Dyeing a skirt at Pastimes PEI Rug Hooking Shop

16 May

Barry’s Aunt gave me a dozen high quality wool skirts the other day. You can see that the one I chose to make into a ‘flower bed’ is plain beige….making it perfect for dyeing. Most winter clothing is dark so great for overdyeing or using as-is but not this special one.

doesn’t look like much yet….

You can see that it starts out somewhat white. In the pot it goes for soaking in warm water and dish detergent for overnight. You should never rush dyeing. You can but the karma is not the same. Should be a fun process, not a harried one.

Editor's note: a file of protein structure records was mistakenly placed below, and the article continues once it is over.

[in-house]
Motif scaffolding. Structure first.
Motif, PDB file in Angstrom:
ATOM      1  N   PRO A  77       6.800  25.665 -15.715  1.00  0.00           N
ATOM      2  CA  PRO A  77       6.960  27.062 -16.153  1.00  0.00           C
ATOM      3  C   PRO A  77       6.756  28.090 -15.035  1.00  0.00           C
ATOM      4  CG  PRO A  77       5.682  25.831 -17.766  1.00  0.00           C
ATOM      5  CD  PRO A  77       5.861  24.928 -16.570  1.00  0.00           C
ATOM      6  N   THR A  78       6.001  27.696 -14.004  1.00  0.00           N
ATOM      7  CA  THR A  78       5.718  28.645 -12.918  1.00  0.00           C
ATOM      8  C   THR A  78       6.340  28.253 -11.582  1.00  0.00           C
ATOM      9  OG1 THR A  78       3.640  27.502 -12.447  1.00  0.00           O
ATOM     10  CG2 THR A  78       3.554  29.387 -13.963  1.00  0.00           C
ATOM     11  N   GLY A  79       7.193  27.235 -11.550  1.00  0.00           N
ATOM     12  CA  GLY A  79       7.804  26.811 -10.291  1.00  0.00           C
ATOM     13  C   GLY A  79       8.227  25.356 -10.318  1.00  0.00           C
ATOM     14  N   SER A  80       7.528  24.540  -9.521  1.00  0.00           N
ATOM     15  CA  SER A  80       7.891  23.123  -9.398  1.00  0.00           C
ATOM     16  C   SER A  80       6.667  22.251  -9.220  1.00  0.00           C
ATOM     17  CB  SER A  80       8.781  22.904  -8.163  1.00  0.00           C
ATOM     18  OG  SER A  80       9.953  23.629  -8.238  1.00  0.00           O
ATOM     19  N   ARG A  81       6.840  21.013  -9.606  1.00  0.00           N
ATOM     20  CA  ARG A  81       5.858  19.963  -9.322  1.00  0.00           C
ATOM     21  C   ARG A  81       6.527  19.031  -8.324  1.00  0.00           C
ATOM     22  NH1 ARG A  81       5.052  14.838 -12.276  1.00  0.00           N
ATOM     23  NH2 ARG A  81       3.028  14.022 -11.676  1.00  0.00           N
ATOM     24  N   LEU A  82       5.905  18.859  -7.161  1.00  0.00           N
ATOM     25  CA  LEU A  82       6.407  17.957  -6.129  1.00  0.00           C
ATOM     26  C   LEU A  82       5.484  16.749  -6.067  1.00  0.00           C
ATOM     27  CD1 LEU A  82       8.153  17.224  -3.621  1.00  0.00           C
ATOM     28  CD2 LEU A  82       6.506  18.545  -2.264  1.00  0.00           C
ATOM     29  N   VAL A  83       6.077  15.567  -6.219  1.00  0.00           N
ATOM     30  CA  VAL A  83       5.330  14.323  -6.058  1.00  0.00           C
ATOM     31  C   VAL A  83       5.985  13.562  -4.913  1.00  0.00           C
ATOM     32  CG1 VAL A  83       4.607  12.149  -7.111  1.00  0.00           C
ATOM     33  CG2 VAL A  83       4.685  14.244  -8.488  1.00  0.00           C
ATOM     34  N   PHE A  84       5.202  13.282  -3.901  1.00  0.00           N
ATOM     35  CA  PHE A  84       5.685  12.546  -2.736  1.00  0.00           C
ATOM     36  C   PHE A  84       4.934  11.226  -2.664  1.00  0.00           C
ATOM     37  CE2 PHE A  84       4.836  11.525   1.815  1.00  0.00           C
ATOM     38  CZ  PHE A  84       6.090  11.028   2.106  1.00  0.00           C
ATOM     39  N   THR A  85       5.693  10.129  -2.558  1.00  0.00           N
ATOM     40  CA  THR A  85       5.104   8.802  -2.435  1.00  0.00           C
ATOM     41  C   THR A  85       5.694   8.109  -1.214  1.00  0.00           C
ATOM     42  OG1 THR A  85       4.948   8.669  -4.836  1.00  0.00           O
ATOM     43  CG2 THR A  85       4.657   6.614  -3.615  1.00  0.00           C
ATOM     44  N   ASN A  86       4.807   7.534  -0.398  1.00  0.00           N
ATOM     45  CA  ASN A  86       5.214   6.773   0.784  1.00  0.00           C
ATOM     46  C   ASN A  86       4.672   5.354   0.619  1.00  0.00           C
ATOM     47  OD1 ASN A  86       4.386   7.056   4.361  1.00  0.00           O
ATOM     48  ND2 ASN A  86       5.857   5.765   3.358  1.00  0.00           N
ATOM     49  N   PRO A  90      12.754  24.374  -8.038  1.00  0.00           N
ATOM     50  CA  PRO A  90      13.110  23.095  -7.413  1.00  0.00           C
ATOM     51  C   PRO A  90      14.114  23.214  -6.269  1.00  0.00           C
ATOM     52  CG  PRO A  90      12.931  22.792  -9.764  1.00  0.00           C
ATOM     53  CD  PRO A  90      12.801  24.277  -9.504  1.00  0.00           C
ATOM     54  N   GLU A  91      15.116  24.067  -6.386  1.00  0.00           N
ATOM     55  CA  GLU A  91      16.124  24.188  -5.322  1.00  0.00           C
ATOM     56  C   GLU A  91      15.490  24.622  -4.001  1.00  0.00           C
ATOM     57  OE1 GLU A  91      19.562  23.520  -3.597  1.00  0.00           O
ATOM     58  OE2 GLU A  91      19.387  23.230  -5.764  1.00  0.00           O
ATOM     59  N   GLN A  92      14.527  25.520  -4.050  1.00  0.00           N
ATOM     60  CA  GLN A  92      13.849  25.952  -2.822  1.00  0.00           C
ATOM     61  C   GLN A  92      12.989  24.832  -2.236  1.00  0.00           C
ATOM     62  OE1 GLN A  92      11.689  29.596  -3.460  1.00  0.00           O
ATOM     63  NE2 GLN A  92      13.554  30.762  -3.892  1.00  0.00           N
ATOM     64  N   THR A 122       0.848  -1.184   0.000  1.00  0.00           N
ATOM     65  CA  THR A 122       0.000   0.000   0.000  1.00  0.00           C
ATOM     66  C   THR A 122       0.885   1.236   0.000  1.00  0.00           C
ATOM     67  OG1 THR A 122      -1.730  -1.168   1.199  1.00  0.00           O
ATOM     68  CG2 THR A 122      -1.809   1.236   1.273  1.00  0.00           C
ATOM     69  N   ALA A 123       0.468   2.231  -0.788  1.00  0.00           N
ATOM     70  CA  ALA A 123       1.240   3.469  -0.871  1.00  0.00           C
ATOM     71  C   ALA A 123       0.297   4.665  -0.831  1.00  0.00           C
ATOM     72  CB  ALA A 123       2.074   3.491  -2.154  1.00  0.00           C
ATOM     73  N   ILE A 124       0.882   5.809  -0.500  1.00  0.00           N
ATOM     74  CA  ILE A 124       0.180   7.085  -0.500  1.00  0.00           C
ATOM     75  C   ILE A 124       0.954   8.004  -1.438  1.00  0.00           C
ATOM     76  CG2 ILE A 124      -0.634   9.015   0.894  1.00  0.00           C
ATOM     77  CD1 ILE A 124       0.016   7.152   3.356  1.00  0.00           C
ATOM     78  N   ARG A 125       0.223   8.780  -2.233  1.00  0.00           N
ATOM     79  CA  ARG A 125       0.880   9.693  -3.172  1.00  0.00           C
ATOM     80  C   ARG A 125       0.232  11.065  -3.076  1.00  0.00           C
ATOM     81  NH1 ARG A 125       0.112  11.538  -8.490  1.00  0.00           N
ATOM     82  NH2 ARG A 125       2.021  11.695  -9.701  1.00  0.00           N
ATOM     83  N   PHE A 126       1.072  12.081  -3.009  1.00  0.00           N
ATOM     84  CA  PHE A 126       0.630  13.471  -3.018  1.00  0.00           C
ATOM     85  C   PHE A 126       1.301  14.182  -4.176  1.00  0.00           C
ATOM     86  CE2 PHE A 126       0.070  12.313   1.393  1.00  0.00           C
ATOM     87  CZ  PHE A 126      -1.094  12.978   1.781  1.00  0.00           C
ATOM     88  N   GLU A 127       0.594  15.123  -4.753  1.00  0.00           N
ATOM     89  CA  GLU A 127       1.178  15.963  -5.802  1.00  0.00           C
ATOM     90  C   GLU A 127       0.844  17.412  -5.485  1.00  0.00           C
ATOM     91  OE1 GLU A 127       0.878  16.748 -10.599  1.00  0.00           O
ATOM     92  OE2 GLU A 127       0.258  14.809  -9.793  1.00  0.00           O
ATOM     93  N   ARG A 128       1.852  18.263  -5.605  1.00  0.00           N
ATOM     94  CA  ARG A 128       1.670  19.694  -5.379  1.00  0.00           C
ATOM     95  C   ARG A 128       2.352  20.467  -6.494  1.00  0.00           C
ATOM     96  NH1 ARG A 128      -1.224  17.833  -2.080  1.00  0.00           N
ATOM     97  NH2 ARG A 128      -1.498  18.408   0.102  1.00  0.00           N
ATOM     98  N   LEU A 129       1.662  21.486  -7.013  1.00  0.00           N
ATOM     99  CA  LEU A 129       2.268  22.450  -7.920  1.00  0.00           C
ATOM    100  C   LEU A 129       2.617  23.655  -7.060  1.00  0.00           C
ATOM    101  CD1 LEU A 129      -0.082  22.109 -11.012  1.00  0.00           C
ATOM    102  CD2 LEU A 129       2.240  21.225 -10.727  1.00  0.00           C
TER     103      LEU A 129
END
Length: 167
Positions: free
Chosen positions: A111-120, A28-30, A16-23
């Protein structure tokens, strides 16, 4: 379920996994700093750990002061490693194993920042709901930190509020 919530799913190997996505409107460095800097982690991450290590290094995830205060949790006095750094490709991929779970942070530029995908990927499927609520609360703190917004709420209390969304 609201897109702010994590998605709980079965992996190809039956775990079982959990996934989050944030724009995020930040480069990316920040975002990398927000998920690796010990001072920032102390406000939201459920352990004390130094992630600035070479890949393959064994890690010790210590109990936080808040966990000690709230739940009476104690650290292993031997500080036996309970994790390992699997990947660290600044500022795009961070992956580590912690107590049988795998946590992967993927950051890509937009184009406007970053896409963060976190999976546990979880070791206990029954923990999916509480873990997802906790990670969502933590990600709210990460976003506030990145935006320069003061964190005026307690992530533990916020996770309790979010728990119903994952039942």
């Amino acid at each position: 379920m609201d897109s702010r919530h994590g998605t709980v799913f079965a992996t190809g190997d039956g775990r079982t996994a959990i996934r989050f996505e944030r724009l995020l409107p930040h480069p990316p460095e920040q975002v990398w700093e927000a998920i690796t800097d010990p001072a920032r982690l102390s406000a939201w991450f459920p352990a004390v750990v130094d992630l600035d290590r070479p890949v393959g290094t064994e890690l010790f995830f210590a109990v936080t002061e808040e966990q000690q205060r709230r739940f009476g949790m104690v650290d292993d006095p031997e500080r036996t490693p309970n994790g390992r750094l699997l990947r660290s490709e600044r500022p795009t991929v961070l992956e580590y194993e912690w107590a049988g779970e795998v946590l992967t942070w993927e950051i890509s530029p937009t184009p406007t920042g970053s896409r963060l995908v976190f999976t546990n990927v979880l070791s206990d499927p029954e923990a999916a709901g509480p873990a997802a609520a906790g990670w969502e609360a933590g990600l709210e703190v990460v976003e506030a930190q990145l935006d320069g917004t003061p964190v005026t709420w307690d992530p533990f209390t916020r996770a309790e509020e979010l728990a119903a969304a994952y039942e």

have a large pot to dye wool

Cover wool with warm water and let soak overnight.

I used a green and a ‘lilac’ acid dye to create my ‘garden’ colors. I wanted to be able to hook without shading so I splashed the green among the purple.  To create the green patches I poured spoonfuls of  the green dye solution between the darker purple parts of the skirt. By this time I put vinegar into the solution so that the colors would set into the wool. The more splotchy you want your finished product, the sooner you introduce the mordant, ie, the vinegar.

the skirt label

Please note that I usually take apart skirts before I dye them; I wanted to show you how I got from plain reused wool to hand-dyed wool. The label ‘pure wool’ does not mean the item will be a great hooking wool. A wool flannel is best but you will learn after trial and error how to pick wool that is h

Jack likes the ‘before’ colorookable.

the freshly dyed skirt drying on the porch

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